Hours: Interior closed for renovations

Cost: Free

Website: nps.gov/jeff/planyourvisit/och.htm

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Six Flags St. Louis

4900 Six Flags Road, Eureka

Six Flags St. Louis, which celebrated its 50th anniversary in 2021, offers popular old-school thrills such as the Log Flume and River King Mine Train, as well as newer rides like Catwoman Whip, which makes its debut this season. The wooden Screamin' Eagle roller coaster broke world records for height and speed when it opened in 1976, and the Ninja, the Boss and Batman: The Ride coasters step things up a bit. Bring your swimsuit for the adjacent Hurricane Harbor water park, and check out its new interactive area, Adventure Cove.

Hours: Seasonal hours vary

Cost: $34.99 and up

Website: sixflags.com/stlouis

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St. Louis Aquarium and Union Station

201 South 18th Street

The St. Louis Aquarium at Union Station made a splashy debut in 2019, bringing new life to the National Historic Landmark that opened in 1894 as a bustling train station and then became a shopping mall in the 1980s. Take a virtual "train ride" into the six aquarium galleries, which include a focus on Mississippi and Missouri riverwaters, with touch pools and interactive exhibits throughout. While you're at Union Station, check out the St. Louis Wheel, the St. Louis Carousel, miniature golf, an indoor ropes course, a mirror maze, a light show on the ceiling of the historic Grand Hall, and several restaurants and gathering spots.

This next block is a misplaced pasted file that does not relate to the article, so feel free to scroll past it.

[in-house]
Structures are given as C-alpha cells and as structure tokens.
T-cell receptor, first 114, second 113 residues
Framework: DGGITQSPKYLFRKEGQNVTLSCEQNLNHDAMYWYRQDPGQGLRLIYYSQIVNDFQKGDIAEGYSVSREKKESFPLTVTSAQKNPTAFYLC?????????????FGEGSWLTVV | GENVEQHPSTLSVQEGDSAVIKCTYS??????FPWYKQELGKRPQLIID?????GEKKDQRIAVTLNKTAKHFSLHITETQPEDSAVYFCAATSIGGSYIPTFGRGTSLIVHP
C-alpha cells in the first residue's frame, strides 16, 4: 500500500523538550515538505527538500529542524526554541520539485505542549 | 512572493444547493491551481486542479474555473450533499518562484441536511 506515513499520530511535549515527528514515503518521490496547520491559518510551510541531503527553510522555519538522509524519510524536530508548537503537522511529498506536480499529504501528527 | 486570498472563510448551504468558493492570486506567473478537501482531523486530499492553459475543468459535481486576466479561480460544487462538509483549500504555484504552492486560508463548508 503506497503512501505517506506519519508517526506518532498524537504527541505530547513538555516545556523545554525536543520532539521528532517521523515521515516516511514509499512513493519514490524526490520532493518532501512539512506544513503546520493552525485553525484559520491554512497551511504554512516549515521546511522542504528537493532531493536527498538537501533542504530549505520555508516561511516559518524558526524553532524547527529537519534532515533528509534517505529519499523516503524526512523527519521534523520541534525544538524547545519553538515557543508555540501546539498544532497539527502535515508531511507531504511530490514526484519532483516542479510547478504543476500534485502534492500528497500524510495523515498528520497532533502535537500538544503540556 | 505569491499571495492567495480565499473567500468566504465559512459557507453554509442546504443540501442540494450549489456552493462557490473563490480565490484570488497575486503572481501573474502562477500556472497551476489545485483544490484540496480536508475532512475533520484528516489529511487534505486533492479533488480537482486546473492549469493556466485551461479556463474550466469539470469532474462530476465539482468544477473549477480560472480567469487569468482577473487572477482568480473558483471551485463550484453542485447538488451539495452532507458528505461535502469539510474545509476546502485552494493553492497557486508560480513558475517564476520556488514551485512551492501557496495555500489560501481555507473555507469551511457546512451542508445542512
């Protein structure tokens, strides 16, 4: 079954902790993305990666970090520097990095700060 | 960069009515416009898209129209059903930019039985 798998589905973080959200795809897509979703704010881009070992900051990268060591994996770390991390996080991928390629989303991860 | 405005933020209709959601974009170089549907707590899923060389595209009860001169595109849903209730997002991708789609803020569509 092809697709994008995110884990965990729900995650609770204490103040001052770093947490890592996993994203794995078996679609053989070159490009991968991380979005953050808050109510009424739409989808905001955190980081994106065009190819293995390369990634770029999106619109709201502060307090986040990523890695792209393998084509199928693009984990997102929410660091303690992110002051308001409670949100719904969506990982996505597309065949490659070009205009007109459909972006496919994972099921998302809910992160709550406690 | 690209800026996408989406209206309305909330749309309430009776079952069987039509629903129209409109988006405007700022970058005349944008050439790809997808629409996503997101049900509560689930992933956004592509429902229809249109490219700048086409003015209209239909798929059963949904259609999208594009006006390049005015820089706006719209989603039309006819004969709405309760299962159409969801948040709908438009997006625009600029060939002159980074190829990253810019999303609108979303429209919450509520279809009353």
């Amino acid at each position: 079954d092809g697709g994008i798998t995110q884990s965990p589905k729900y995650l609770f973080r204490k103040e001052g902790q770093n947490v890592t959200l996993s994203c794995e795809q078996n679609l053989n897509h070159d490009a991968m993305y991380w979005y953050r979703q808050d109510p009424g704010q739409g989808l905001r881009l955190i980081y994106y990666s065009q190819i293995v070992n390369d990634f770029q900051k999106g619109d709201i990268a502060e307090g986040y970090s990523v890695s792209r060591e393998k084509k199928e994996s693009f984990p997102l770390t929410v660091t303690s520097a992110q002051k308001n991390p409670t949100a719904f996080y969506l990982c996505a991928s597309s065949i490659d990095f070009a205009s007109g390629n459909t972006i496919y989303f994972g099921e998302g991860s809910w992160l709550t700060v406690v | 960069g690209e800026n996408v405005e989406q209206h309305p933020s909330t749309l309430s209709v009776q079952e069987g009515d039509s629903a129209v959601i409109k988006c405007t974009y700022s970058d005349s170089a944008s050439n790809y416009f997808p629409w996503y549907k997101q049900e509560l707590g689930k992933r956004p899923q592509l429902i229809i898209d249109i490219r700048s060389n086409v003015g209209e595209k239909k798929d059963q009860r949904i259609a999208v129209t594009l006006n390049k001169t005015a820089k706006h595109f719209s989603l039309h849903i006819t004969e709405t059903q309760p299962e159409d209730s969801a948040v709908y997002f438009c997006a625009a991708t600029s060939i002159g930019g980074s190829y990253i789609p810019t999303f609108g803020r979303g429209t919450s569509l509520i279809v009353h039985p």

Hours: 8 a.m.-5 p.m. Sunday-Thursday, 9 a.m.-8 p.m. Friday-Saturday

Cost: $18-$25, free for ages 2 and under; advance purchase recommended

Website: stlouisaquarium.com

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St. Louis Art Museum

1 Fine Arts Drive, Forest Park

The St. Louis Art Museum’s main building, designed by Cass Gilbert, is one of just two permanent structures from the 1904 World's Fair. (The other is the Flight Cage at the St. Louis Zoo.) The building has grown over time — a $160 million East Building opened in 2013 — and is home to an expansive collection of more than 34,000 works and objects spanning 5,000 years. The Egyptian gallery features three mummies as well as dozens of artifacts, period rooms show off furniture from various countries and eras, and galleries and hallways throughout showcase everything from Picasso to Polynesian art, Wylie to Warhol. After you’re finished gawking inside the grand Sculpture Hall, head outside for a stroll through the sculpture garden.